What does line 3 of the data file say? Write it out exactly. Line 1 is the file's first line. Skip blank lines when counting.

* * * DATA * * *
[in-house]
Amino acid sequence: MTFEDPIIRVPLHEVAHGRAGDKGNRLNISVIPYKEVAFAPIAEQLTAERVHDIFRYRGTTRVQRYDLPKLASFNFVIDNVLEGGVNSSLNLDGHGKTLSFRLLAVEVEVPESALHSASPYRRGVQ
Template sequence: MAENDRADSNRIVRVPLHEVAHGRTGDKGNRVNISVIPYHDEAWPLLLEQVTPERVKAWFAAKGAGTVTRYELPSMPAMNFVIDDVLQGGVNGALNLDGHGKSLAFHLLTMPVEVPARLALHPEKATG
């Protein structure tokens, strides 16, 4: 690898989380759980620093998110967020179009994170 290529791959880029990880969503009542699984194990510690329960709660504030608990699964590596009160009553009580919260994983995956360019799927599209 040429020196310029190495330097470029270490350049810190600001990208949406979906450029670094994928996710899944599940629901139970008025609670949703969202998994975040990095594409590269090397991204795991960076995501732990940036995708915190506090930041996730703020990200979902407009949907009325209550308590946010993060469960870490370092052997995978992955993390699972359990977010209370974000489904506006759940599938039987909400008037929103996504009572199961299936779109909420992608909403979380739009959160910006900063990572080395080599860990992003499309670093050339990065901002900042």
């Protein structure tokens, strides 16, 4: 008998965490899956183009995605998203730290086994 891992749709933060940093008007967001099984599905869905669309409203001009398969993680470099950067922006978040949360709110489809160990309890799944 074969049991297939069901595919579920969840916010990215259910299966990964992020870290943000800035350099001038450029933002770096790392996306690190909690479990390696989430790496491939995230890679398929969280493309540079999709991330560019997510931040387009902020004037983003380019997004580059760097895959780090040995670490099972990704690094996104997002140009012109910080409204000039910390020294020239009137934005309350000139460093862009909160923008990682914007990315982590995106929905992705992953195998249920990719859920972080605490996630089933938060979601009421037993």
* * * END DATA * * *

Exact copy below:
Template sequence: MAENDRADSNRIVRVPLHEVAHGRTGDKGNRVNISVIPYHDEAWPLLLEQVTPERVKAWFAAKGAGTVTRYELPSMPAMNFVIDDVLQGGVNGALNLDGHGKSLAFHLLTMPVEVPARLALHPEKATG